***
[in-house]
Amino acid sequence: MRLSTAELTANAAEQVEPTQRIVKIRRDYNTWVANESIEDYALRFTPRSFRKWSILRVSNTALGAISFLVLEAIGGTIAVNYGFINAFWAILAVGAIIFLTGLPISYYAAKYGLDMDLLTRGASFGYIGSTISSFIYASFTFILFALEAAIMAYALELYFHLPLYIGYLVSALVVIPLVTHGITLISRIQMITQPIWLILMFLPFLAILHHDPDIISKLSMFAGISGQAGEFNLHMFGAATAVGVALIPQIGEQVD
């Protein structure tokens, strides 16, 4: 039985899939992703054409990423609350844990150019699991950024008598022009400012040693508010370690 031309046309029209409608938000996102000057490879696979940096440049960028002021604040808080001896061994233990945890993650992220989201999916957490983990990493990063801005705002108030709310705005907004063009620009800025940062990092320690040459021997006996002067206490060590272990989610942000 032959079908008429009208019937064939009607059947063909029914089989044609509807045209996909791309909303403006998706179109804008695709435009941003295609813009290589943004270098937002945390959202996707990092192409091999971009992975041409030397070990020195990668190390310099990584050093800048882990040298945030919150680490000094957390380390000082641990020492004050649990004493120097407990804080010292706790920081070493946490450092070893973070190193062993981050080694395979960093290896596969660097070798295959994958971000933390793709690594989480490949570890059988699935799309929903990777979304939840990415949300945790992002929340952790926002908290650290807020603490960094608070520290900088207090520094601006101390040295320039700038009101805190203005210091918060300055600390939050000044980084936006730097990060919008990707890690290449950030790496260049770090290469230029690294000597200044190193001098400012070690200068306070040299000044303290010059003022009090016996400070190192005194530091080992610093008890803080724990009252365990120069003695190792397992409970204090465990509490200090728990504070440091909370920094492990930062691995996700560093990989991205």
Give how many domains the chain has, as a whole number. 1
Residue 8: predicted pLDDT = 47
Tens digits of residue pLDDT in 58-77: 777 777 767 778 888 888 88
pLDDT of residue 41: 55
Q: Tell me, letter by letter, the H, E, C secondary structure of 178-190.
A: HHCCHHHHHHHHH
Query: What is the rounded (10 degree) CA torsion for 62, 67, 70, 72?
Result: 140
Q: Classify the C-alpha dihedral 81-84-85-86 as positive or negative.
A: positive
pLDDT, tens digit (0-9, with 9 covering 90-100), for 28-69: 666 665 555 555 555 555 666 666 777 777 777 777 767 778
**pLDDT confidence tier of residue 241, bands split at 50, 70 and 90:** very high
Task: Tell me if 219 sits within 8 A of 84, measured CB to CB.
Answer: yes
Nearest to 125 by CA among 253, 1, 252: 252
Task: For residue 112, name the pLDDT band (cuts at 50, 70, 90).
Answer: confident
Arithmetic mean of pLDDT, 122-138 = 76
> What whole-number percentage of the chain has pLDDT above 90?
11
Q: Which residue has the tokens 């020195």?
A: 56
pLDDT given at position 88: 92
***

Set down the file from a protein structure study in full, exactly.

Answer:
[in-house]
Amino acid sequence: MRLSTAELTANAAEQVEPTQRIVKIRRDYNTWVANESIEDYALRFTPRSFRKWSILRVSNTALGAISFLVLEAIGGTIAVNYGFINAFWAILAVGAIIFLTGLPISYYAAKYGLDMDLLTRGASFGYIGSTISSFIYASFTFILFALEAAIMAYALELYFHLPLYIGYLVSALVVIPLVTHGITLISRIQMITQPIWLILMFLPFLAILHHDPDIISKLSMFAGISGQAGEFNLHMFGAATAVGVALIPQIGEQVD
């Protein structure tokens, strides 16, 4: 039985899939992703054409990423609350844990150019699991950024008598022009400012040693508010370690 031309046309029209409608938000996102000057490879696979940096440049960028002021604040808080001896061994233990945890993650992220989201999916957490983990990493990063801005705002108030709310705005907004063009620009800025940062990092320690040459021997006996002067206490060590272990989610942000 032959079908008429009208019937064939009607059947063909029914089989044609509807045209996909791309909303403006998706179109804008695709435009941003295609813009290589943004270098937002945390959202996707990092192409091999971009992975041409030397070990020195990668190390310099990584050093800048882990040298945030919150680490000094957390380390000082641990020492004050649990004493120097407990804080010292706790920081070493946490450092070893973070190193062993981050080694395979960093290896596969660097070798295959994958971000933390793709690594989480490949570890059988699935799309929903990777979304939840990415949300945790992002929340952790926002908290650290807020603490960094608070520290900088207090520094601006101390040295320039700038009101805190203005210091918060300055600390939050000044980084936006730097990060919008990707890690290449950030790496260049770090290469230029690294000597200044190193001098400012070690200068306070040299000044303290010059003022009090016996400070190192005194530091080992610093008890803080724990009252365990120069003695190792397992409970204090465990509490200090728990504070440091909370920094492990930062691995996700560093990989991205």
Give how many domains the chain has, as a whole number. 1
Residue 8: predicted pLDDT = 47
Tens digits of residue pLDDT in 58-77: 777 777 767 778 888 888 88
pLDDT of residue 41: 55
Q: Tell me, letter by letter, the H, E, C secondary structure of 178-190.
A: HHCCHHHHHHHHH
Query: What is the rounded (10 degree) CA torsion for 62, 67, 70, 72?
Result: 140
Q: Classify the C-alpha dihedral 81-84-85-86 as positive or negative.
A: positive
pLDDT, tens digit (0-9, with 9 covering 90-100), for 28-69: 666 665 555 555 555 555 666 666 777 777 777 777 767 778
**pLDDT confidence tier of residue 241, bands split at 50, 70 and 90:** very high
Task: Tell me if 219 sits within 8 A of 84, measured CB to CB.
Answer: yes
Nearest to 125 by CA among 253, 1, 252: 252
Task: For residue 112, name the pLDDT band (cuts at 50, 70, 90).
Answer: confident
Arithmetic mean of pLDDT, 122-138 = 76
> What whole-number percentage of the chain has pLDDT above 90?
11
Q: Which residue has the tokens 């020195």?
A: 56
pLDDT given at position 88: 92